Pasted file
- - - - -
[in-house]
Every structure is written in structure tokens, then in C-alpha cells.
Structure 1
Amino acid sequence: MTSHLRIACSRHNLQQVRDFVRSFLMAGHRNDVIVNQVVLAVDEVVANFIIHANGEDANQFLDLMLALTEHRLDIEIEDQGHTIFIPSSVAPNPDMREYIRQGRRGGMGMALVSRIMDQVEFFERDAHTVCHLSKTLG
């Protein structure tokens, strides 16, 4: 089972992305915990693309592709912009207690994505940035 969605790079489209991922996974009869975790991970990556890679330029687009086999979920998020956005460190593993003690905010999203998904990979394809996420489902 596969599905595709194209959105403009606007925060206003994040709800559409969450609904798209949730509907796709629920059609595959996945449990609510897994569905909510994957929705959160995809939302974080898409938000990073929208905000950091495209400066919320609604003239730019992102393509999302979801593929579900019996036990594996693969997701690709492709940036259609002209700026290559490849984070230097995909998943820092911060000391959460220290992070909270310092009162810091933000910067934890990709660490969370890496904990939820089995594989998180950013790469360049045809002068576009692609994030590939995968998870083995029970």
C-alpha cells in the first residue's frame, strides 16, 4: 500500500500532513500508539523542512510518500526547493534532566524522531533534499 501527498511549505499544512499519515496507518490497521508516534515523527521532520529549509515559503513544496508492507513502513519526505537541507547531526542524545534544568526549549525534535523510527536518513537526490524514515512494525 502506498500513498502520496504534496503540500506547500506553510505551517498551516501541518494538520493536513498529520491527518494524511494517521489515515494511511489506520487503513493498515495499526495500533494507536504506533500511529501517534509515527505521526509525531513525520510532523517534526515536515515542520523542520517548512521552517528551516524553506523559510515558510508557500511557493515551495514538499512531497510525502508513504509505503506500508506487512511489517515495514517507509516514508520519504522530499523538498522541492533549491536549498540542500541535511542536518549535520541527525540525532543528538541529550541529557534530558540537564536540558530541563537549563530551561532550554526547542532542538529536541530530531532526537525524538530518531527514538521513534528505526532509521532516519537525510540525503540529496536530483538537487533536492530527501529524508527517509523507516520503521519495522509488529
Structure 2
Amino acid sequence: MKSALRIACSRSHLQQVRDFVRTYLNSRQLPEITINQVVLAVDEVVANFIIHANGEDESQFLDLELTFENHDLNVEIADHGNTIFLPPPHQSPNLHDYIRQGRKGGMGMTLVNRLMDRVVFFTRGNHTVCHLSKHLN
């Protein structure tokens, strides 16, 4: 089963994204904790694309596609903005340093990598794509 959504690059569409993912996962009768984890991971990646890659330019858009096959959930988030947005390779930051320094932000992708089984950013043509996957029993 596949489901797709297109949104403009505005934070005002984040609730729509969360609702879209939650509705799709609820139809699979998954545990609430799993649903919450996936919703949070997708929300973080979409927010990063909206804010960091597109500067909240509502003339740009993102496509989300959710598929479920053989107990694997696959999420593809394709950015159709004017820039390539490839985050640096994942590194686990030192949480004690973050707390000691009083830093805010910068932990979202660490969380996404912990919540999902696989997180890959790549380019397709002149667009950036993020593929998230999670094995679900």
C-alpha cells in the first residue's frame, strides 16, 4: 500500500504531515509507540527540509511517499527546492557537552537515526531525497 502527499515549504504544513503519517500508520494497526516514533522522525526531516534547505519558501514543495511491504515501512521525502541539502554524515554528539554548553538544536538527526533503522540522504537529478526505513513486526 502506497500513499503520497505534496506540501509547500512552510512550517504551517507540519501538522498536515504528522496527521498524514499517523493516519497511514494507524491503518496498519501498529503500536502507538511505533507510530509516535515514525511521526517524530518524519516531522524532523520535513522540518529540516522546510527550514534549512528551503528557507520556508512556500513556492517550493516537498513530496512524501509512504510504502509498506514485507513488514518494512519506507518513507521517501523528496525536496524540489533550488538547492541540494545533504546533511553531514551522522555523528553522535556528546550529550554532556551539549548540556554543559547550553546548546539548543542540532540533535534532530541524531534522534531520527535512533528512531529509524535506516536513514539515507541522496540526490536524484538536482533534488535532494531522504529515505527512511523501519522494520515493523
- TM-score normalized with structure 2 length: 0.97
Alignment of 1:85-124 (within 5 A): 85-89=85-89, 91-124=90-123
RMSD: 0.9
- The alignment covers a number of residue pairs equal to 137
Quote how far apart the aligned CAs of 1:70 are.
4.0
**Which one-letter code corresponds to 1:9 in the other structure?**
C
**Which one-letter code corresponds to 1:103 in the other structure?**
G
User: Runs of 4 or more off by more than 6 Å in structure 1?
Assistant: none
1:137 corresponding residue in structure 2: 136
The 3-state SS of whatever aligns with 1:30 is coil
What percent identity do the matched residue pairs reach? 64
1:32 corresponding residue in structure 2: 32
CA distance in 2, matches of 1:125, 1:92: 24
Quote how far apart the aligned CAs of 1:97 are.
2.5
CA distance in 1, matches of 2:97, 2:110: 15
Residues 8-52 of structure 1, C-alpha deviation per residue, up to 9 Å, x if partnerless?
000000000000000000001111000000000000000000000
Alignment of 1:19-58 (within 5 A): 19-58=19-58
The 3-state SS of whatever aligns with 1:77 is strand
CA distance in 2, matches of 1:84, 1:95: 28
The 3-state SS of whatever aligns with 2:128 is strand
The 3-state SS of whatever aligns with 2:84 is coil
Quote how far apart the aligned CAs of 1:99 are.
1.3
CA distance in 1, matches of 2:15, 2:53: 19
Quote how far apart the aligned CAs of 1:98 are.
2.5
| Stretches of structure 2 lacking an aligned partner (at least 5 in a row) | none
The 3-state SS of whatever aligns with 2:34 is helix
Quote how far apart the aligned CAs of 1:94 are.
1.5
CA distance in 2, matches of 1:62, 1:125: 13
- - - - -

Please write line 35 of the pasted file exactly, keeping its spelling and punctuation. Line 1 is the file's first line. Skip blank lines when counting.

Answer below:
CA distance in 2, matches of 1:84, 1:95: 28